July 11, 2010
A growing number of developers are proposing to build infill condominiums to accommodate the growing needs of urbanites who want to live close to work, nightlife and other social hot spots and activities.
What are infill condominiums? Infill projects often rise to 4 to 6 storeys high. However the most distinguishing design feature isn’t the height, but how the building relates to its surrounding environment.
“A successful infill design incorporates design elements so that pedestrians feel comfortable when they walk by the building. ” says Rod Rowbotham, president and principal architect of onespace unlimited, architects and interior design firm, who is working on a number of infill developments in Toronto, including Two Gladstone, 717 Dovercourt, and SYNC Lofts by Streetcar Developments.
“The first 100 ft of the building height typically requires smaller scaled design details created with brick, stone, windows, doorways and balconies.” Rowbotham explains.
So a successful infill is best measured by how it fits in with the location it sits in. Take 9T6, a 17-storey infill condo with 222 units, located at 96 St. Patrick, a quiet side street in a dense urban area of downtown Toronto. Designed by onespace unlimited, 9T6 is pedestrian friendly with vertical rows of balconies and stucco finishes that helps breaks down the mass of the building.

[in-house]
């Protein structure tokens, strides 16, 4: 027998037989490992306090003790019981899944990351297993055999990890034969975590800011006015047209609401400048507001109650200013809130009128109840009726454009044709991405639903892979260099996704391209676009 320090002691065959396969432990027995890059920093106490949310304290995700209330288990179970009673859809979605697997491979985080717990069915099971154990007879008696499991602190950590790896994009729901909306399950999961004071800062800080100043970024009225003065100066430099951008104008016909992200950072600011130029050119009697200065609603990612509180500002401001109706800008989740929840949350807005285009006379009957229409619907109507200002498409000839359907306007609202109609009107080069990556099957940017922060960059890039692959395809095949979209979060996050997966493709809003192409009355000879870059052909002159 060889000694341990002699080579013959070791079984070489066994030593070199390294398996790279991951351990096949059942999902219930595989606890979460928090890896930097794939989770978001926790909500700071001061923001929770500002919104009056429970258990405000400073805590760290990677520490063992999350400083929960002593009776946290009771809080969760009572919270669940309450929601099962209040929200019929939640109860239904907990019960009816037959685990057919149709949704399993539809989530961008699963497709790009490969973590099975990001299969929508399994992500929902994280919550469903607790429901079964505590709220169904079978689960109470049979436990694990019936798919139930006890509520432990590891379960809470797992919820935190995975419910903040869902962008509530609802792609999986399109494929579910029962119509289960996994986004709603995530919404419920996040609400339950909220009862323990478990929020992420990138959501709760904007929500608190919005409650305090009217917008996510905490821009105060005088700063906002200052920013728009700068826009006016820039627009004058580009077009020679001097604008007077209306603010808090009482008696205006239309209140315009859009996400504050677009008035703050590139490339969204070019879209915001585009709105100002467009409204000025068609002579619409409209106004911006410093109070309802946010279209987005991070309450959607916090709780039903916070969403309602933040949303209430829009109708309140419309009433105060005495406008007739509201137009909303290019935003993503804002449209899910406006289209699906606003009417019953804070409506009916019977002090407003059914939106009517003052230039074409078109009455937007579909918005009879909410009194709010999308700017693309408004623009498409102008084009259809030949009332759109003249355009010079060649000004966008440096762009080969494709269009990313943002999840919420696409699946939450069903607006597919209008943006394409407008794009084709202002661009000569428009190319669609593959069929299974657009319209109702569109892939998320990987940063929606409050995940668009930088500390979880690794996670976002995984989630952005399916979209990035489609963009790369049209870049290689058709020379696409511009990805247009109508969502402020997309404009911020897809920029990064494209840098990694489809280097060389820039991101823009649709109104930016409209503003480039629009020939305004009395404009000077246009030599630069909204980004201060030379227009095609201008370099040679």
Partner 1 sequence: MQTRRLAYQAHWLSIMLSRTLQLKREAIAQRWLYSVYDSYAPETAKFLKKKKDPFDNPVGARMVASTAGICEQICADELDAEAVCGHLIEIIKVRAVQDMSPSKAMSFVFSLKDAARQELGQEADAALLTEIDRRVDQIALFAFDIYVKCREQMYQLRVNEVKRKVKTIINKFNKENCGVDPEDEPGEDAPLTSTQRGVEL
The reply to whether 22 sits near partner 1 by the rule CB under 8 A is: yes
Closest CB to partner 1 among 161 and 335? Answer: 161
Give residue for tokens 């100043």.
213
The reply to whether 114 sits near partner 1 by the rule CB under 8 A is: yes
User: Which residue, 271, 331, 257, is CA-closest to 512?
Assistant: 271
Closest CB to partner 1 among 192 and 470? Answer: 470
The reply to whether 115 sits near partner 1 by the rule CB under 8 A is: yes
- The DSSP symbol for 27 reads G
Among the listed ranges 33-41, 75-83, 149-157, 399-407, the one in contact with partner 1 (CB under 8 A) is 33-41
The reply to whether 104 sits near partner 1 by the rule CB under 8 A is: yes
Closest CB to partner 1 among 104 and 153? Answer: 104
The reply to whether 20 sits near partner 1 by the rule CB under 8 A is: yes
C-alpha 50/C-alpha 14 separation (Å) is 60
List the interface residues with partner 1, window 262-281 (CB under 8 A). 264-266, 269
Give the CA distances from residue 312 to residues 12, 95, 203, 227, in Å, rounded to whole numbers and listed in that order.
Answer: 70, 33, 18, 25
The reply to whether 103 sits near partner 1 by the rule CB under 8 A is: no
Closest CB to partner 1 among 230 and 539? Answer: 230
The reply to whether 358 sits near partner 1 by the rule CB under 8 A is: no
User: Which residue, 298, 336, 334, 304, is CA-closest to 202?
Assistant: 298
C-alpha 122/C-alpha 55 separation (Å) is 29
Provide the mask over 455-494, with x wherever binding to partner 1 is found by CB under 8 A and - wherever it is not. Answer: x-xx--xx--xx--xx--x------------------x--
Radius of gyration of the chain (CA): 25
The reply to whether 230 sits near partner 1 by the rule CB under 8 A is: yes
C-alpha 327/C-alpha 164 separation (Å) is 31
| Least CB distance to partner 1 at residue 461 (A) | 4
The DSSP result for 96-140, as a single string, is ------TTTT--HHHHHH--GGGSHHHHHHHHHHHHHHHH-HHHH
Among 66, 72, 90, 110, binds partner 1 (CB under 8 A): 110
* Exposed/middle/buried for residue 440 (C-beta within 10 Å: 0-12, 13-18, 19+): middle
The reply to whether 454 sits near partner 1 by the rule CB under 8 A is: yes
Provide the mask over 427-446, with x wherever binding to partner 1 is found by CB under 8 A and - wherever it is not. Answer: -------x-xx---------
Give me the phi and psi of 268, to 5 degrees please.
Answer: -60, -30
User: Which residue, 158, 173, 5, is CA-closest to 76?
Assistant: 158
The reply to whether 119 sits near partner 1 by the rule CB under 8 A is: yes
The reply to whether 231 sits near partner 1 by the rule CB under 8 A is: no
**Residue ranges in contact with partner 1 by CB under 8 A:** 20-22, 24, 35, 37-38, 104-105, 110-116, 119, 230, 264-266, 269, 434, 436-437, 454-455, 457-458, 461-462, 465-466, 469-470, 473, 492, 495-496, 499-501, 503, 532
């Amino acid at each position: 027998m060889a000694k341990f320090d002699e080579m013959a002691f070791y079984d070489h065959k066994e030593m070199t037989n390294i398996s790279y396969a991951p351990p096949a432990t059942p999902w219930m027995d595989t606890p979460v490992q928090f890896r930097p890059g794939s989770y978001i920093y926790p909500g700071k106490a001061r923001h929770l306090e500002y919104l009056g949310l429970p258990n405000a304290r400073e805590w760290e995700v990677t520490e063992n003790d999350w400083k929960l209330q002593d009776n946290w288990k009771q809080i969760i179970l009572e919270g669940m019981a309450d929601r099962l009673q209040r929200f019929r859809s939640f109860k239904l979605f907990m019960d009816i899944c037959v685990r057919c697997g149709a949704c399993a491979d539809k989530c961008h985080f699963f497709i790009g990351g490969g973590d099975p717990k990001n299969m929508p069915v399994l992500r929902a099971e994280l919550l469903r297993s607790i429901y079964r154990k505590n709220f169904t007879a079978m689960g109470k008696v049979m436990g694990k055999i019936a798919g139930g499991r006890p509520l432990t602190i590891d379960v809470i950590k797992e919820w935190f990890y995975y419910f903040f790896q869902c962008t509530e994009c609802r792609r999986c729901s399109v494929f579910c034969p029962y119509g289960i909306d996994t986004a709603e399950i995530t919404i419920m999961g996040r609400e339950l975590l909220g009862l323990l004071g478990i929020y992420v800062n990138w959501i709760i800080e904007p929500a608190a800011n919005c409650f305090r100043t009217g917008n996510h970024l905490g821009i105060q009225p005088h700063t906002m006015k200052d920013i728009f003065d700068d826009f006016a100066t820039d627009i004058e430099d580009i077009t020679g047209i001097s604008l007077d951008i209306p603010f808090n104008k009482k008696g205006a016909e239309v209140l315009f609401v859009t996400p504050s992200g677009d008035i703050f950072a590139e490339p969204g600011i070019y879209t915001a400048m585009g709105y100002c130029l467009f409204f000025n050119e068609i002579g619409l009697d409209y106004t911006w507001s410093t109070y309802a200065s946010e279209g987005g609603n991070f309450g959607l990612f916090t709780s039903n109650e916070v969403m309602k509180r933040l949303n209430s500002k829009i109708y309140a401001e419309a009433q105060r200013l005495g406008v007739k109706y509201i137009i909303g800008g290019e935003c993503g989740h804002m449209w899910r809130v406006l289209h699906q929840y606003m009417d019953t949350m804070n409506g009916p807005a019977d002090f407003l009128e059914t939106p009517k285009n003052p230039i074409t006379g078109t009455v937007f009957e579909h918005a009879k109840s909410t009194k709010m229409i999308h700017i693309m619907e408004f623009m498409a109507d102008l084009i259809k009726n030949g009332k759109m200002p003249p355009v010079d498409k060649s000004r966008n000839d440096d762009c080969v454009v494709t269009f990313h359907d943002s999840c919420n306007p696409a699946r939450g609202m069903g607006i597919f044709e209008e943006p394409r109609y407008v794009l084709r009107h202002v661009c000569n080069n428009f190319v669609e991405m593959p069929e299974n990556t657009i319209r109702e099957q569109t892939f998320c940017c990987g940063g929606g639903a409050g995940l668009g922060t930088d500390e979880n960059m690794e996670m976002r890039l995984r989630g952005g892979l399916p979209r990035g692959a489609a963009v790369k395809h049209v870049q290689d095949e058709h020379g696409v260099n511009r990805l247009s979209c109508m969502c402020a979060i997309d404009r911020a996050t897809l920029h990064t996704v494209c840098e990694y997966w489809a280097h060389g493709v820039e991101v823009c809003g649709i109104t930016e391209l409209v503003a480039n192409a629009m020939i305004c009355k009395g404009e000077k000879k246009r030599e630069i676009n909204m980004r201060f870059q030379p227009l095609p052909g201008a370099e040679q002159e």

“It is also important for the infill to respond to landscape and architecture surrounding, which can be done using materials with colours and textures that match or contrast the existing context” Rowbotham explains. 9T6 design complements the shady street with large expanses of glass, and the colour scheme of grey-green, silver, and pale green complements its red-brick neighbours.
Besides cool looks, infills are also a more sustainable alternative to expanding urban sprawl for the following reasons:
- promote local jobs and services and invigorate downtown;
- help cities to become more transit-oriented, bicycle and pedestrian;
- reduce pollution caused by commuting; and,
- improve the safety and sociability of downtown streets.
Rowbotham believes that infill are a growing trend: “While popular in a downtown core, we may begin to see them taking shape in neighbourhoods outside of dense urban centres and in smaller Canadian cities as the demand for intensification and sustainable urban growth increases.”